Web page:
Watteau back The back of a woman's gown in which one or more very broad folds are carried from the neck to the floor without being held in at the waist, while the front and sides of the gown are shaped to the person and have a belt or its equivalent.
[ Anglo-Saxon watel
, hurdle, covering, wattle; confer Middle English watel
a bag. Confer Wallet
.] 1. A twig or flexible rod; hence, a hurdle made of such rods.
And there he built with wattles from the marsh Tennyson. 2. A rod laid on a roof to support the thatch. 3. (Zoology) (a) A naked fleshy, and usually wrinkled and highly colored, process of the skin hanging from the chin or throat of a bird or reptile. (b) Barbel of a fish. 4. (a) The astringent bark of several Australian trees of the genus Acacia , used in tanning; -- called also wattle bark . (b) (Botany) The trees from which the bark is obtained. See Savanna wattle , under Savanna . Wattle turkey
A little lonely church in days of yore.
. (Zoology) Same as Brush turkey .
Wattle transitive verb
[ imperfect & past participle Wattled
; present participle & verbal noun Wattling
.] 1. To bind with twigs. 2. To twist or interweave, one with another, as twigs; to form a network with; to plat; as, to wattle branches. 3. To form, by interweaving or platting twigs.
The folded flocks, penned in their wattled cotes. Milton.
1. Material consisting of wattled twigs, withes, etc., used for walls, fences, and the like. "The pailsade of wattle ." Frances Macnab. 2. (Botany) In Australasia, any tree of the genus Acacia ; -- so called from the wattles , or hurdles, which the early settlers made of the long, pliable branches or of the split stems of the slender species.
1. (Zoology) Any one of several species of honey eaters belonging to Anthochæra and allied genera of the family Meliphagidæ . These birds usually have a large and conspicuous wattle of naked skin hanging down below each ear. They are natives of Australia and adjacent islands. » The best-known species ( Anthochæra carunculata ) has the upper parts grayish brown, with a white stripe on each feather, and the wing and tail quills dark brown or blackish, tipped with withe. Its wattles, in life, are light blood-red. Called also wattled crow , wattled bee-eater , wattled honey eater . Another species ( A. inauris ) is streaked with black, gray, and white, and its long wattles are white, tipped with orange. The bush wattlebirds, belonging to the genus Anellobia , are closely related, but lack conspicuous wattles. The most common species ( A. mellivora ) is dark brown, finely streaked with white. Called also goruck creeper . 2. (Zoology) The Australian brush turkey.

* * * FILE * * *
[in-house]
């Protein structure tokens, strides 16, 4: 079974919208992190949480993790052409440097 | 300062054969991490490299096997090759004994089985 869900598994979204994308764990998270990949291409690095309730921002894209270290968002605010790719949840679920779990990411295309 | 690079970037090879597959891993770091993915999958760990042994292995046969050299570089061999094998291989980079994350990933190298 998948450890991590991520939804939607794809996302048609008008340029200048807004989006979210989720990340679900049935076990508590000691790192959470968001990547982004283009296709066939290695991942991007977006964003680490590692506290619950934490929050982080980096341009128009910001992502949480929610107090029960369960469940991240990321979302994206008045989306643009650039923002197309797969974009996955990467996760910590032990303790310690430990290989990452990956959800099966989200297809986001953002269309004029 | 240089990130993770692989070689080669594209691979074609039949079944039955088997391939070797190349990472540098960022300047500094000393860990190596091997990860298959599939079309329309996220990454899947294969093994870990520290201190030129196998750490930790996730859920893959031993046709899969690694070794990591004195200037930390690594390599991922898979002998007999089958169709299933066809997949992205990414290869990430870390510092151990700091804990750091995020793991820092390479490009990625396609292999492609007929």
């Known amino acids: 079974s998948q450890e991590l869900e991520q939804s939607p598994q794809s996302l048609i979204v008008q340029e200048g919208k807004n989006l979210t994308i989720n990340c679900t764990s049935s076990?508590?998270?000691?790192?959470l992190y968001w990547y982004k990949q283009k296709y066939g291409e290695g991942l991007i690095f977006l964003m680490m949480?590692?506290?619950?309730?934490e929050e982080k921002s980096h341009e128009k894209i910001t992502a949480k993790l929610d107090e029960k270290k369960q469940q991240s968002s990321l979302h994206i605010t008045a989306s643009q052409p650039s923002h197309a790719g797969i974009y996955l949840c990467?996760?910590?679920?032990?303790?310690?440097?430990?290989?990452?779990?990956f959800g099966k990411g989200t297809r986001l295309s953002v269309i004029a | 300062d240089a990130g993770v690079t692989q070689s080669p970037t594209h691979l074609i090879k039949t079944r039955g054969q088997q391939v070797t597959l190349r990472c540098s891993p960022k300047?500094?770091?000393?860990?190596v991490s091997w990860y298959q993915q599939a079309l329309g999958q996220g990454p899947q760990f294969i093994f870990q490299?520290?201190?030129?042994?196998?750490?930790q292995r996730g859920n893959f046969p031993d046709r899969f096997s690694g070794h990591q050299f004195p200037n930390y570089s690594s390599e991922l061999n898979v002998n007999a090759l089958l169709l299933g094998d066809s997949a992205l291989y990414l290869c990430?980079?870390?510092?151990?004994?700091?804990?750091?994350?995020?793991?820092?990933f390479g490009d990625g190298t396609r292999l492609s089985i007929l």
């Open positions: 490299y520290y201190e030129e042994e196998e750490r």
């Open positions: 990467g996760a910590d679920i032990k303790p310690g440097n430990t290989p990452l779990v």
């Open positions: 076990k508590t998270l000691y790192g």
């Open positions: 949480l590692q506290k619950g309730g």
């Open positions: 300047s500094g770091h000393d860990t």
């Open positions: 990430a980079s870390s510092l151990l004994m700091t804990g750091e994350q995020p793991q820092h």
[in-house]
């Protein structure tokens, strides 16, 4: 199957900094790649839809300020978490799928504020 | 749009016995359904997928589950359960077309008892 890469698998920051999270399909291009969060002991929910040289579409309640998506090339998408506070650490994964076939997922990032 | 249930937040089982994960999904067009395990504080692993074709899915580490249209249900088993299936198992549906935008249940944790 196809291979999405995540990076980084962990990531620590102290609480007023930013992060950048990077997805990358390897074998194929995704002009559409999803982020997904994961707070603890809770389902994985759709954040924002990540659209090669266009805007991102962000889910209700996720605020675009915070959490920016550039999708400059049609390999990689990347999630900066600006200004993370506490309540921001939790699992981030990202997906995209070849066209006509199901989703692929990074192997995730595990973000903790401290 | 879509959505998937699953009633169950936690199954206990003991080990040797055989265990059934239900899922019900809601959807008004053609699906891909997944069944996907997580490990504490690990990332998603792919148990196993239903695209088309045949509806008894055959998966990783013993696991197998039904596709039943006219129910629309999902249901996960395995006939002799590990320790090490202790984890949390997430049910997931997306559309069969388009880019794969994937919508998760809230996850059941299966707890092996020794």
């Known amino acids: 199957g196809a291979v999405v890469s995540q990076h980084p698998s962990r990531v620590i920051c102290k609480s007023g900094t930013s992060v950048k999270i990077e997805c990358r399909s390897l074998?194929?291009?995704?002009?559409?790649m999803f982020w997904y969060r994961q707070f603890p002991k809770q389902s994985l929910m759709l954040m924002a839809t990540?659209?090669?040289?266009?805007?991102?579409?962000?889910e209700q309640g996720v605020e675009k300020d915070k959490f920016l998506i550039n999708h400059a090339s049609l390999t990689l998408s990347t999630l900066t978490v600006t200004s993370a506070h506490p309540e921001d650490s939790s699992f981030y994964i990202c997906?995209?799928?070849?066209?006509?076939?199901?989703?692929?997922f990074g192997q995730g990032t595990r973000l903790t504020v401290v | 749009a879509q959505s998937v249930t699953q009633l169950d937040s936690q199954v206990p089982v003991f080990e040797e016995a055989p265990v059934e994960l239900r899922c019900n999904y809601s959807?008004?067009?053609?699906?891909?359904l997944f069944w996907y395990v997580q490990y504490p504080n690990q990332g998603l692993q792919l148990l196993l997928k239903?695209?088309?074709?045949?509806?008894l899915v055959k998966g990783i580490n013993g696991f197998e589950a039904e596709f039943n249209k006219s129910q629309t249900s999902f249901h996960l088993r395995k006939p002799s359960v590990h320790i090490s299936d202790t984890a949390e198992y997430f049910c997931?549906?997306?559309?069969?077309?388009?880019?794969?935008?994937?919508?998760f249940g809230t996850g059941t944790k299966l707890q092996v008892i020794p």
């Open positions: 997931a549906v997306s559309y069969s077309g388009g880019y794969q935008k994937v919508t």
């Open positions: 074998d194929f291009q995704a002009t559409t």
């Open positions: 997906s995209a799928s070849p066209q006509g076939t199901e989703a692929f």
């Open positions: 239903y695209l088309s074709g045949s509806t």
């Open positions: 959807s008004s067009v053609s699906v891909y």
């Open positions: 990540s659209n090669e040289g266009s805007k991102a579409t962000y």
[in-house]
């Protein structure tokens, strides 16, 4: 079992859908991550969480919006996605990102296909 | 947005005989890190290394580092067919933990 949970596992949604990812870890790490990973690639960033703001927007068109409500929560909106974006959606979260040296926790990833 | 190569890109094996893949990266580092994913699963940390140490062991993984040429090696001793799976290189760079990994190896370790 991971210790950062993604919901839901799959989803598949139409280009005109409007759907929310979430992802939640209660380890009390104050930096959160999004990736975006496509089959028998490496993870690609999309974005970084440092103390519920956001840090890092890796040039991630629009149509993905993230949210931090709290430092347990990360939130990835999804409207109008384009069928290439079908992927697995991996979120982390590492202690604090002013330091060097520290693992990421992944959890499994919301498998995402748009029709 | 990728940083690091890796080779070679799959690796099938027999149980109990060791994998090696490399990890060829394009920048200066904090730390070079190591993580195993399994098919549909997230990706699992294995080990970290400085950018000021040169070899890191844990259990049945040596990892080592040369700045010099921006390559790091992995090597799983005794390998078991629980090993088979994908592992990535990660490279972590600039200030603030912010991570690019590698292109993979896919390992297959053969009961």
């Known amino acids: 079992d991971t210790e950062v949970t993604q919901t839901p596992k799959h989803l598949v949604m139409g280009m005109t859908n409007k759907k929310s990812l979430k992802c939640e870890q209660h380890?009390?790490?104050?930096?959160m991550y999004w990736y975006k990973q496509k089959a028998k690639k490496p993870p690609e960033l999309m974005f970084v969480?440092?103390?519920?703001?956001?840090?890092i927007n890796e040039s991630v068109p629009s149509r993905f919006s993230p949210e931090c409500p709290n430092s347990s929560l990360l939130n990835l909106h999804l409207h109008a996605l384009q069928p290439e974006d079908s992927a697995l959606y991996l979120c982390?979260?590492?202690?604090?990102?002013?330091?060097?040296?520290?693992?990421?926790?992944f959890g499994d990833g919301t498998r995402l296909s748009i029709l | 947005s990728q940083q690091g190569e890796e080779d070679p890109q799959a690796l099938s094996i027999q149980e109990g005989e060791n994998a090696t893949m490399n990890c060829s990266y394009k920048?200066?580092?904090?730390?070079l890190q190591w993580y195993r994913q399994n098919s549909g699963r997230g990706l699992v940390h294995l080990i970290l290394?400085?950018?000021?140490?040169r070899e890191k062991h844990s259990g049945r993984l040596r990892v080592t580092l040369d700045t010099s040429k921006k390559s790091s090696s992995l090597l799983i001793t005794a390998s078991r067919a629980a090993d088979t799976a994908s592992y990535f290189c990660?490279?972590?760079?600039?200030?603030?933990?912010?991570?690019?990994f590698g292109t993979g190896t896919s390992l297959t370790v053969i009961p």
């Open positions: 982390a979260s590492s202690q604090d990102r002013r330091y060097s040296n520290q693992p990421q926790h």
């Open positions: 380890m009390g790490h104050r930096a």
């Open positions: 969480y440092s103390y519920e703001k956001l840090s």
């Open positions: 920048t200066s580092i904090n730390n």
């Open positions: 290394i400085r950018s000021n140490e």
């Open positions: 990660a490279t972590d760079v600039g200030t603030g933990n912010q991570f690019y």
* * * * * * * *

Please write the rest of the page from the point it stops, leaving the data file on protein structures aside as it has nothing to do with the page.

Wattled adjective Furnished with wattles, or pendent fleshy processes at the chin or throat.
The wattled cocks strut to and fro. Longfellow.
Wattless adjective (Electricity) Without any power (cf. Watt ); -- said of an alternating current or component of current when it differs in phase by ninety degrees from the electromotive force which produces it, or of an electromotive force or component thereof when the current it produces differs from it in phase by 90 degrees.
Wattling noun The act or process of binding or platting with twigs; also, the network so formed.
Made with a wattling of canes or sticks. Dampier.
Wattmeter noun [ Watt + meter .] (Physics) An instrument for measuring power in watts, -- much used in measuring the energy of an electric current.
Waucht, Waught noun
[ Confer Quaff
.] A large draught of any liquid.
[ Scot.] Jamieson.
Waul intransitive verb
[ Of imitative origin.] To cry as a cat; to squall; to wail.
[ Written also wawl
The helpless infant, coming wauling and crying into the world. Sir W. Scott.
[ See Worse
Murder and waur than murder. Sir W. Scott.
(wāv) transitive verb See Waive . Sir H. Wotton. Burke.
Wave intransitive verb
[ imperfect & past participle Waved
(wāvd); present participle & verbal noun Waving
.] [ Middle English waven
, Anglo-Saxon wafian
to waver, to hesitate, to wonder; akin to wæfre
wavering, restless, Middle High German wabern
to be in motion, Icelandic vafra
to hover about; confer Icelandic vāfa
to vibrate. Confer Waft
.] 1. To play loosely; to move like a wave, one way and the other; to float; to flutter; to undulate.
His purple robes waved careless to the winds. Trumbull.
Where the flags of three nations has successively waved . Hawthorne. 2. To be moved to and fro as a signal. B. Jonson. 3. To fluctuate; to waver; to be in an unsettled state; to vacillate.
He waved indifferently 'twixt doing them neither good nor harm. Shak.
Wave transitive verb 1. To move one way and the other; to brandish.
"[ Æneas] waved
his fatal sword." Dryden. 2. To raise into inequalities of surface; to give an undulating form a surface to.
Horns whelked and waved like the enridged sea. Shak. 3. To move like a wave, or by floating; to waft.
[ Obsolete] Sir T. Browne. 4. To call attention to, or give a direction or command to, by a waving motion, as of the hand; to signify by waving; to beckon; to signal; to indicate.